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Joseph Campbell’s Monomyth Theory… As Explained by Puppets [VIDEO]


Are you familiar with Joseph Cambell‘s monomyth theory, a.k.a. “The Hero’s Journey,” as described in his landmark mythology text The Hero’s with a Thousand Faces? The basic idea is that the same character types and plot beats repeat themselves in story after story. It could be Star Wars or Happy Gilmore: The hero’s journey is there. If you’re still a little shaky, or if you need a refresher course… or, heck, if you just like puppets and/or mythology, Fafa the Groundhog and Mario of Glove and Boots are here to explain it to you by acting out scenes from Harry Potter, The Hobbit, The Wizard of Oz, and more.

(via: Laughing Squid)

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  • Bailey Fields

    I’m going to be obnoxious and say, wasn’t Hagrid the Herald in HP?

    Also, in sequels, do the plots also follow the hero’s journey again, only make it a different ‘Shadow’? Or are sequels better when the steps of the hero’s journey are shared out between the 2 films?? I get the feeling The Hobbit is trying to spread the hero’s journey out over the 3 films, maybe it would have been better to make a separate hero’s journey per movie. Or, you know, just do one movie.

  • Nicole Elizabeth Currie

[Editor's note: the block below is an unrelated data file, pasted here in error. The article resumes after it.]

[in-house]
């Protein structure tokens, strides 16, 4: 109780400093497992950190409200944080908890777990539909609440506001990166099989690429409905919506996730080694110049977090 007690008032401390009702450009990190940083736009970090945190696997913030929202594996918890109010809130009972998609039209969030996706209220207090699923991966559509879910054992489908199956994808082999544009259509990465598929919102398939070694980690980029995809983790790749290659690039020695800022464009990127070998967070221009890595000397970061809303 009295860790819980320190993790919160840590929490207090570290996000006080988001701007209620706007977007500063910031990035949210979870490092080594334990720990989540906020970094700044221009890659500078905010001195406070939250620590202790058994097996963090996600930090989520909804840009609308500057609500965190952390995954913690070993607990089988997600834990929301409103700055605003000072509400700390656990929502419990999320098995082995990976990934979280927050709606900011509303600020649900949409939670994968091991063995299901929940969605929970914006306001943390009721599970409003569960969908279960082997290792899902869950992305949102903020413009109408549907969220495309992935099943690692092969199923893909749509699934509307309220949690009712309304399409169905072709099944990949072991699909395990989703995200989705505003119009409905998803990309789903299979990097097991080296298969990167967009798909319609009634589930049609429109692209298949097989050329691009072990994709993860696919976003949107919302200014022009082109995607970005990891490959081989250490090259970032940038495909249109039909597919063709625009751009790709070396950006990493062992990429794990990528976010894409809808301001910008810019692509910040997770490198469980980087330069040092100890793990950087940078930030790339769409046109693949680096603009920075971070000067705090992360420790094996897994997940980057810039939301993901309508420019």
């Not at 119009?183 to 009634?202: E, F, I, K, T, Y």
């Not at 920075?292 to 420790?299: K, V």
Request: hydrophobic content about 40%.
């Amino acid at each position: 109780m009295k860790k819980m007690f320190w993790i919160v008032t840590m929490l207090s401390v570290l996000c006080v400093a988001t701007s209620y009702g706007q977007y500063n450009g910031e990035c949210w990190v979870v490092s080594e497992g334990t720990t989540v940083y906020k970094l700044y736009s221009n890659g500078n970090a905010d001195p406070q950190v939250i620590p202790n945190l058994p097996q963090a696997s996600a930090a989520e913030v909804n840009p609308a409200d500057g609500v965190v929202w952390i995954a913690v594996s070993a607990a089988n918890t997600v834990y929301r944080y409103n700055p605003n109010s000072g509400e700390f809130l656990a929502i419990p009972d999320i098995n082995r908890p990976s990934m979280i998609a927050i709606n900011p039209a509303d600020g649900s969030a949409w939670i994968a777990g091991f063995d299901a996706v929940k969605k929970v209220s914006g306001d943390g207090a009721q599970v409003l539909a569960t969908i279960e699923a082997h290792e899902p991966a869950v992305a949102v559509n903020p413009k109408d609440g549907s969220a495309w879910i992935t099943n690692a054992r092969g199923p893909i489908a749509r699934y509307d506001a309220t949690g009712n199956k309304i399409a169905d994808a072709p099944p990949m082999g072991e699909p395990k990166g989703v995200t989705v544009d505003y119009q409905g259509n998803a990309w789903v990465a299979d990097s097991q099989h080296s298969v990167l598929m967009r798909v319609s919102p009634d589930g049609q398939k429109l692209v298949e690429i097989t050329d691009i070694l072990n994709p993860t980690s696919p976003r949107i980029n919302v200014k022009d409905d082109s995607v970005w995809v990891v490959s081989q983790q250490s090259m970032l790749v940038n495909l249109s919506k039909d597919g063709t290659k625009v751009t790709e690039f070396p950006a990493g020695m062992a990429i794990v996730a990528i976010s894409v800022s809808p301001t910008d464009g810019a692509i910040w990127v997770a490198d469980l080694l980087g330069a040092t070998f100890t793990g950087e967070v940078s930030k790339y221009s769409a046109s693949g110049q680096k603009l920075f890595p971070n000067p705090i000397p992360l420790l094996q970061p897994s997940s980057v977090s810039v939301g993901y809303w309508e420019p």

It depends on the sequel, because a lot of time a sequel is just a continuation of a hero’s journey, and often time has the same main Shadow, but with maybe a ‘weekly big bad’ being added as well for variety.

  • http://www.according2robyn.blogspot.com/ According2Robyn

    I would say that Hagrid’s archetype varies between the Herald, Ally, Mentor, and even a Threshold Guardian. Characters can have more than one archetype, serving different roles at different points in the story. Vogler compared this to different “masks” that the characters wear, depending on the needs of the plot.

    And yes, sequels usually start the Hero’s Journey over again. As in, say, Empire Strikes Back, where Luke gets a fresh call to adventure from Yoda, learns that he isn’t half as badass as he thought, and so starts a brand new arc. Sequels that don’t retread the Hero’s Journey usually feel incomplete and unsatisfying–you feel like something’s missing.

    However, you can fit individual Hero’s Journeys into a single, more epic Hero’s Journey, like a fractal of storytelling. This is how a lot of television works these days. For example, each episode of Breaking Bad is its own Hero’s Journey, and each season is a larger Hero’s Journey made up of those parts. But of course, not every story is told so skillfully.

    If you want to read a good introductory book on this, I recommend Christopher Vogler’s The Writer’s Journey. It’s derived from Campbell’s monomyth but laid out more clearly, and with significantly less woo.

  • Bailey Fields

    awesome, I’ve been reading dwight v swain’s book that’s been interesting for narrative structure, will look into Vogler.

    ‘This is how a lot of television works these days. For example, each episode of Breaking Bad is its own Hero’s Journey, and each season is a larger Hero’s Journey made up of those parts. But of course, not every story is told so skillfully’

    man, if only the majority of tv writers had a clue with how to do this stuff. Thinking about a show like Glee for example, I just wonder what the hell they think they’re doing with their storytelling, total mess.

  • Seanna Tucker

    Funny you mention Star Wars, since the Hero’s Journey was literally the basis for Star Wars.